The Bereavement Studies Program is a course of study in the behavioral sciences that concentrates on death and grief. In a culture that has long avoided the topic of death, this program offers the opportunity to develop a strong knowledge base in psychology as well as an understanding of the grief process as it pertains to the needs of the dying and the bereaved. Courses in Bereavement Studies encourage analysis, synthesis and evaluation.
This program is not accredited by the American Board of Funeral Service Education, and graduates of this major are not eligible to sit for the licensing examinations for funeral service.
Career and Graduate Study Options
The curriculum provides a strong background for graduate school studies in a mental health field or for work in a human service setting, including hospice, funeral home aftercare programs, elder services, and a variety of other community service programs.
Open electives within the program can be used to allow for licensure as a funeral director/embalmer if the student chooses that option in consultation with his/her academic advisor.
In addition to the All College Curriculum skills and perspective, students who successfully complete this program will have an understanding of:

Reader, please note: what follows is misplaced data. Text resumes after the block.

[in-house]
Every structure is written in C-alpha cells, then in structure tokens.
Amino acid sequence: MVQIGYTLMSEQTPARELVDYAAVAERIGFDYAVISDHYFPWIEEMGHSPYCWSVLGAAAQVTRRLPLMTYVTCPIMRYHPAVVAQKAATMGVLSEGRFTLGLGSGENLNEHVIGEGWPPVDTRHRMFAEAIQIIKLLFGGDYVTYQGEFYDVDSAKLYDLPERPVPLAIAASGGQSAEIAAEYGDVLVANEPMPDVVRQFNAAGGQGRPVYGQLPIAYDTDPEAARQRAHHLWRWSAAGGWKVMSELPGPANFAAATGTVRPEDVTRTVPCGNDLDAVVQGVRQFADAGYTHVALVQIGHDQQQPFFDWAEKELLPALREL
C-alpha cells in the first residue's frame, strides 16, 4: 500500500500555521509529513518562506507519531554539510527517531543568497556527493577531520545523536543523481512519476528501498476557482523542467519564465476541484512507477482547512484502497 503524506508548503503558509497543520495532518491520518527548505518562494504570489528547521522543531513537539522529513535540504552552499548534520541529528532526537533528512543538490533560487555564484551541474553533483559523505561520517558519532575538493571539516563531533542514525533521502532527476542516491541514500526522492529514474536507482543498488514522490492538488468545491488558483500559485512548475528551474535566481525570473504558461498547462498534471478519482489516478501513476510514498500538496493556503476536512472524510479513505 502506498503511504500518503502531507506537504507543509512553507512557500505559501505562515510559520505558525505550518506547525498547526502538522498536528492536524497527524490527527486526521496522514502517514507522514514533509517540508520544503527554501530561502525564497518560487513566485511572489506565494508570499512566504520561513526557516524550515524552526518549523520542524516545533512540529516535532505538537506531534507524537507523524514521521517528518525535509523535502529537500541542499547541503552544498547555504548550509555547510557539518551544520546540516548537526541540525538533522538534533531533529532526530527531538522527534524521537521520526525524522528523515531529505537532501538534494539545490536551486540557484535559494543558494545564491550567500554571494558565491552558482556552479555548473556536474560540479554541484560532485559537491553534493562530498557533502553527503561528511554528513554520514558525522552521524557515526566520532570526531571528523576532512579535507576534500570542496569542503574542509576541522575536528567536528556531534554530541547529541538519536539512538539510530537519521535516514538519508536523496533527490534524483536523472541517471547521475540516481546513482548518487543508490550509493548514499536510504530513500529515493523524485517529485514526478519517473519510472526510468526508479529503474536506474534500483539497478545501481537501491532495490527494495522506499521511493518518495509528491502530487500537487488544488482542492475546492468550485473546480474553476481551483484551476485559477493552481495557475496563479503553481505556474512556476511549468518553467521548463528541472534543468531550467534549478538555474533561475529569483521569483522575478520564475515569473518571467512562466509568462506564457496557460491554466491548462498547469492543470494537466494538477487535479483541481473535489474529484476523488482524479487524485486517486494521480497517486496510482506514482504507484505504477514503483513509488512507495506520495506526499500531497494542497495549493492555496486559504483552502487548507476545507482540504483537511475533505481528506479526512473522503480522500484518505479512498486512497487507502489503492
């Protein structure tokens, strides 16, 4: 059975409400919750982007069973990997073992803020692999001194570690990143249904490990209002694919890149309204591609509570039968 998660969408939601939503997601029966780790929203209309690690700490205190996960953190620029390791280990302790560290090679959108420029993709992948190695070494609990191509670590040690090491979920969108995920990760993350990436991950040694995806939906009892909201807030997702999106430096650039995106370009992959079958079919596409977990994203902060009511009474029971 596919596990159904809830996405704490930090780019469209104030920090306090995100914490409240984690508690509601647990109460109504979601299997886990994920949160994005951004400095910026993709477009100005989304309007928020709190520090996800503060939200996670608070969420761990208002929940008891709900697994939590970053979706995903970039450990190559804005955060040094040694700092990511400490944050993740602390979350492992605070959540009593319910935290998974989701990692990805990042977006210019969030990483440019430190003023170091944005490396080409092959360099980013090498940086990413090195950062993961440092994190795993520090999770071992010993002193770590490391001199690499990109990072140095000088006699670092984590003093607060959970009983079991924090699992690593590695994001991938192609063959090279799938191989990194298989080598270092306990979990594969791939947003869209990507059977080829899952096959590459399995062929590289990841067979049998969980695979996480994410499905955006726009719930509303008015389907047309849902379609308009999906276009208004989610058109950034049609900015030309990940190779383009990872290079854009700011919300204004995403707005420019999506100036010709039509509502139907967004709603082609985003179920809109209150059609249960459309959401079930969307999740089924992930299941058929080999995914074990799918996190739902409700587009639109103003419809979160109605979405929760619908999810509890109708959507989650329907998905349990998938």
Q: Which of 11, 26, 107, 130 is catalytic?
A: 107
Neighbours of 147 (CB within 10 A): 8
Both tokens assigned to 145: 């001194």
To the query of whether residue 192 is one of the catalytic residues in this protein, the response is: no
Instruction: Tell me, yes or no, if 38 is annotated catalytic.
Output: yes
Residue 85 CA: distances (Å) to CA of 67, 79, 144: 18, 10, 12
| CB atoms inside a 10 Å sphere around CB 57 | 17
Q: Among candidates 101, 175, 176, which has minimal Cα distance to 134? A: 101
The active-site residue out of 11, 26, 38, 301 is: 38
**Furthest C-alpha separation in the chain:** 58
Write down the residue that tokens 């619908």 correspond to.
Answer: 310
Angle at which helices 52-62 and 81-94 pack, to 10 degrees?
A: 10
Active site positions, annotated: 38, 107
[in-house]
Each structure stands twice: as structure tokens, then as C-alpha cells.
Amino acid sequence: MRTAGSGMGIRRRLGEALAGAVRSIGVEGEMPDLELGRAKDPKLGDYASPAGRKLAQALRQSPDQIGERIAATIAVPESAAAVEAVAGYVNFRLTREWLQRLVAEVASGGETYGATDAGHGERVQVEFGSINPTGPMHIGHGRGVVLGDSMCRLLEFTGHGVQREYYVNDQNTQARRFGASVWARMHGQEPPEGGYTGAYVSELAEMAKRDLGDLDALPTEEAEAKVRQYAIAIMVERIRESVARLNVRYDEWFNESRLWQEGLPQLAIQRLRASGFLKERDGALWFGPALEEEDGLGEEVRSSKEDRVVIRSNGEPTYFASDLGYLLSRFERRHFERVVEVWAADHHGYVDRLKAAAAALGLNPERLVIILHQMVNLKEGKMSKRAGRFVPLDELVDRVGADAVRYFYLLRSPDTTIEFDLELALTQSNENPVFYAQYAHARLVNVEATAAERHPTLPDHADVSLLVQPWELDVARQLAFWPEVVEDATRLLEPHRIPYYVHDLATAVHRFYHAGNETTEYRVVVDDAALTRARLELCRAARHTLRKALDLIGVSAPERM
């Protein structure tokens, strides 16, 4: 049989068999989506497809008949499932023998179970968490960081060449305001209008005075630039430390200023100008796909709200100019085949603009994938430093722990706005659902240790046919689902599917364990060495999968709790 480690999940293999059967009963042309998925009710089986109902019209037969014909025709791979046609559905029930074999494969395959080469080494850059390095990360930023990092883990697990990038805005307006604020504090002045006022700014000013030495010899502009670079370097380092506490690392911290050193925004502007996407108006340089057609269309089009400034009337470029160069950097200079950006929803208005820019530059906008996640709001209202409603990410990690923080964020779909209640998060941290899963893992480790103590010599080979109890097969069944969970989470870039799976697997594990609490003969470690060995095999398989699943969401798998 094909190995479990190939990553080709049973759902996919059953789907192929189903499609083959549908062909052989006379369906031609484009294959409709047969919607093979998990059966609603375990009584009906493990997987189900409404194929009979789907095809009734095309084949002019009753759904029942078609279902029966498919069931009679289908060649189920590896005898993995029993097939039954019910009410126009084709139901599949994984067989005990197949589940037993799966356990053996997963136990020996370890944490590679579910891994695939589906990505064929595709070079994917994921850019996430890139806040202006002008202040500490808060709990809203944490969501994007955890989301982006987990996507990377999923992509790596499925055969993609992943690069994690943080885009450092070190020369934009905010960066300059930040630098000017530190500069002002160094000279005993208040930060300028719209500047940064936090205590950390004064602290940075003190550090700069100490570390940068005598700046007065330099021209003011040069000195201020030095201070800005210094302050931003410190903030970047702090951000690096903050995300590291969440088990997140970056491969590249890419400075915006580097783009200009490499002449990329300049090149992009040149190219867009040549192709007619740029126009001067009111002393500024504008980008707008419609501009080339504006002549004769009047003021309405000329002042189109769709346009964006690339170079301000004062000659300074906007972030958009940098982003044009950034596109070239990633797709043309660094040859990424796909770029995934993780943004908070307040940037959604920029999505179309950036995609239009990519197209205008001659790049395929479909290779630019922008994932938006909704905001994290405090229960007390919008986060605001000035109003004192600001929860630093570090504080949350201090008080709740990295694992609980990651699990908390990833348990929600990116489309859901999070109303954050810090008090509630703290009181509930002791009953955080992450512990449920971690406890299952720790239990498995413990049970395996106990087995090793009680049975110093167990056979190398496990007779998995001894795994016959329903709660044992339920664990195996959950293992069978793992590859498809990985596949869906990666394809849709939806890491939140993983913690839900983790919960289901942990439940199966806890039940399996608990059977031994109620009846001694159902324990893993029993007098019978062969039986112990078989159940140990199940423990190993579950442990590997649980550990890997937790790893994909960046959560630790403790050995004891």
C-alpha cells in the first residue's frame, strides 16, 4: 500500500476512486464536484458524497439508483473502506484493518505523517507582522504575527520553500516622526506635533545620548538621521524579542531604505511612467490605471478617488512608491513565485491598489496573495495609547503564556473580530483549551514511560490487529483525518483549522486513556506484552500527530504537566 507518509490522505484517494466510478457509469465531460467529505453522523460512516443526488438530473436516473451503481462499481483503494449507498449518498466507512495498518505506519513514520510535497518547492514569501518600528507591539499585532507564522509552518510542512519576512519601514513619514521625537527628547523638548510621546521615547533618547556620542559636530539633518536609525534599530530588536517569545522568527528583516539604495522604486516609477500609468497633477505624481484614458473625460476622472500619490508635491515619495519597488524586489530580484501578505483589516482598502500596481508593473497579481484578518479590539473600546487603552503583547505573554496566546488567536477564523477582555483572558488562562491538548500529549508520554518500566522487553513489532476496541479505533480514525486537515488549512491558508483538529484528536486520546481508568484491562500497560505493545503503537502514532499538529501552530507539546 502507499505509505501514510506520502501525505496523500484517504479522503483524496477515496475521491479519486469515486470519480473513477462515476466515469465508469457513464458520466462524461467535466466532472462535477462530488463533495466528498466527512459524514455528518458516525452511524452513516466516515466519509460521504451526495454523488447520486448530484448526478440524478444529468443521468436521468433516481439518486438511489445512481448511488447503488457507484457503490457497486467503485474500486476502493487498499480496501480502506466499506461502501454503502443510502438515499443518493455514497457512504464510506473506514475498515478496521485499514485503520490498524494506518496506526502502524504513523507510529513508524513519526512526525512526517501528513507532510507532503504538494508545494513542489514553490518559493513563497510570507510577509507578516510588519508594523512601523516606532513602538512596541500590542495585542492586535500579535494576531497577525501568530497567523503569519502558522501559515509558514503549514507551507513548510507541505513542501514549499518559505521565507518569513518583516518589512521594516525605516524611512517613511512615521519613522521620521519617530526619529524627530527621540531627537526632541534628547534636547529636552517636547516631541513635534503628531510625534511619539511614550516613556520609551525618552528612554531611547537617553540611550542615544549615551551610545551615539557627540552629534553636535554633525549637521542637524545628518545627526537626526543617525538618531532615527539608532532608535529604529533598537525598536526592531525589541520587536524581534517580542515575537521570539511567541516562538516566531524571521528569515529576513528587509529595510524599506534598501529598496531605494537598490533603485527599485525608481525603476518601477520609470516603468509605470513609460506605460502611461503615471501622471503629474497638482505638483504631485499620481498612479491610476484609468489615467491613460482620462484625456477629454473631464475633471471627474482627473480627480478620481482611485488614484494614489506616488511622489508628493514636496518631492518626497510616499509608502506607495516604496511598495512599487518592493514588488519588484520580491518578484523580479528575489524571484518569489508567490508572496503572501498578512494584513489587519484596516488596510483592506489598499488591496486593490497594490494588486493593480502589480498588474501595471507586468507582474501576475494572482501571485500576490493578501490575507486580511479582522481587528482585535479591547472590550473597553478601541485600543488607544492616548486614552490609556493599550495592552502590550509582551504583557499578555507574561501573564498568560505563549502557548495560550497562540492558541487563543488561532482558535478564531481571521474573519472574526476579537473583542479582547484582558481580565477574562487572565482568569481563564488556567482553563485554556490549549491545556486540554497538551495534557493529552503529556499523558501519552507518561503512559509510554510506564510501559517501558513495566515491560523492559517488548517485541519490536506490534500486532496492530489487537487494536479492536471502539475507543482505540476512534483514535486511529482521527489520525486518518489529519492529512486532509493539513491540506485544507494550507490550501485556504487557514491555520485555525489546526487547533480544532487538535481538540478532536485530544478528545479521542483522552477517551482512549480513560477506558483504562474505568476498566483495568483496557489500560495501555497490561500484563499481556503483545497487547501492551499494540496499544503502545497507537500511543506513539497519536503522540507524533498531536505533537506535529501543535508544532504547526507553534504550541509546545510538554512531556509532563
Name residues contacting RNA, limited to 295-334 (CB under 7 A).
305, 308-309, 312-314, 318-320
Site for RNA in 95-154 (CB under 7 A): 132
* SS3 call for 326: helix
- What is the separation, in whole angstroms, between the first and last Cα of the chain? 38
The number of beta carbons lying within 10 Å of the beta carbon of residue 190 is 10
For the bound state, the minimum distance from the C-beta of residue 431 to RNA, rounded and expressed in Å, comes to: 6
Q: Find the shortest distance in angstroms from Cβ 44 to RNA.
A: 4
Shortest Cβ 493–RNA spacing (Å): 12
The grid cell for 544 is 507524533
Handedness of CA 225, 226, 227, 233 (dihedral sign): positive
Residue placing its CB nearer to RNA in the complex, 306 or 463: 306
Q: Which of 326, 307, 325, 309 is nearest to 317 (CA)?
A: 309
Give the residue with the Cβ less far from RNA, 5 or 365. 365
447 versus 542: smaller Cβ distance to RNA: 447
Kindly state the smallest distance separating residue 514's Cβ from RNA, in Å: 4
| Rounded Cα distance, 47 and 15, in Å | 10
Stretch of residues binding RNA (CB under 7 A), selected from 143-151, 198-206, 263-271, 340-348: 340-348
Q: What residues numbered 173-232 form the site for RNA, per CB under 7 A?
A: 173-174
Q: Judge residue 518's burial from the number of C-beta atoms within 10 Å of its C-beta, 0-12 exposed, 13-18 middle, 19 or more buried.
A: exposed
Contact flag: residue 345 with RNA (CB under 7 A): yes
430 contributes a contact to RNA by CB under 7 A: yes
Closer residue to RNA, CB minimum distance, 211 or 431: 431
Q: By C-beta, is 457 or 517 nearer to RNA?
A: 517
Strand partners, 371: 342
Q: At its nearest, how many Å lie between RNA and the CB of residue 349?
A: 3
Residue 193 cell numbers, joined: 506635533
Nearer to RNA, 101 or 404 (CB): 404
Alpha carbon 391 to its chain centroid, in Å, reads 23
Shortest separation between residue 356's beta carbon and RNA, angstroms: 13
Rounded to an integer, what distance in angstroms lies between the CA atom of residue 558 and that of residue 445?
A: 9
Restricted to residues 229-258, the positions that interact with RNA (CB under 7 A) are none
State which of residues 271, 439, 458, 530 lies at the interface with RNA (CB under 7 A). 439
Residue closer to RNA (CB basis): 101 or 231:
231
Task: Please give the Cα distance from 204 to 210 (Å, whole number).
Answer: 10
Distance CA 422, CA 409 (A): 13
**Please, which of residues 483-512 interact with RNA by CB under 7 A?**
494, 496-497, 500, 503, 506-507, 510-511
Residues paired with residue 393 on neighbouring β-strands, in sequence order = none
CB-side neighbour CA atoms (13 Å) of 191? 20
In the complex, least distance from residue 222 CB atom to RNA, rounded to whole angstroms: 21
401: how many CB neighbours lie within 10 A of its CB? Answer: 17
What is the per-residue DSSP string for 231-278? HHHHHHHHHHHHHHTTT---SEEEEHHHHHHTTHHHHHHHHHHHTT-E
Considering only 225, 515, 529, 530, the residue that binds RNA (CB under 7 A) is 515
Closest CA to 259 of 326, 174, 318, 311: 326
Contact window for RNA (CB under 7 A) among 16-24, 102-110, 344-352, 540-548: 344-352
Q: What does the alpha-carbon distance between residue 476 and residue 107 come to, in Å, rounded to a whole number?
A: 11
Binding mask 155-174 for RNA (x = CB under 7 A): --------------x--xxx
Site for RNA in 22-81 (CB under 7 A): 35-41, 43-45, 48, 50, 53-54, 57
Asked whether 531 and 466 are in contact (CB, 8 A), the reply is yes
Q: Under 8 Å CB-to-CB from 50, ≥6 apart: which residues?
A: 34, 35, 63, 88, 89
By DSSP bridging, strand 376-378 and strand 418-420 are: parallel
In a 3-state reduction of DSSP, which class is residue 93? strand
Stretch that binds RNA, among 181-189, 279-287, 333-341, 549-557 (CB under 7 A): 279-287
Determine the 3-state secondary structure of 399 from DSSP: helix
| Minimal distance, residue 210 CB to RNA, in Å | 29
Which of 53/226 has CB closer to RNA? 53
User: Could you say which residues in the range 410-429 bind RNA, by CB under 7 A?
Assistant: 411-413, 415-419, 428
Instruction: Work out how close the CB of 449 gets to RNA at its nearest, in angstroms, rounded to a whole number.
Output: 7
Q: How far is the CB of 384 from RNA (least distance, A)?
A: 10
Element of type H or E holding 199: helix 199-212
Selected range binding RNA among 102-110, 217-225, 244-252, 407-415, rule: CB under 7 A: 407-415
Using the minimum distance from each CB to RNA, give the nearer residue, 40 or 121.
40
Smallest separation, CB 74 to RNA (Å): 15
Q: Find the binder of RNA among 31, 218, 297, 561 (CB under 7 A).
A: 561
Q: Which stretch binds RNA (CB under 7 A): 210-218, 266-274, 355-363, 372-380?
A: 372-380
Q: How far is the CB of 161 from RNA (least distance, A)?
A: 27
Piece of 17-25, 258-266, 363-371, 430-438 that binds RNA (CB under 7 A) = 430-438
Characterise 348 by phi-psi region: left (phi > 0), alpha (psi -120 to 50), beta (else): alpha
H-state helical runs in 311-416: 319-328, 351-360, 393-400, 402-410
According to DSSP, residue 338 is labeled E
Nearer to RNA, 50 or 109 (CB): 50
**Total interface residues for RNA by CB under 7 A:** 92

- The process of grief and loss as an integral part of the experience of individuals, families, and larger systems;
- The role that loss and grief play in growth and development over the life span;
- The tasks of the grief process;
- The role of culture, ethnicity and religion in molding the understanding of death and the experience of grief;
- Basic systems theory, as it applies to family systems, groups, organizations and the role of social supports;
- Ethics as a framework for decision making about death-related individual and social issues;
- A framework for reading, evaluating and conducting research in the field of bereavement.
Conditions, Policies and Fees
A minimum of C- or higher is required for all program-specific courses (courses with the designation of BE) in this major.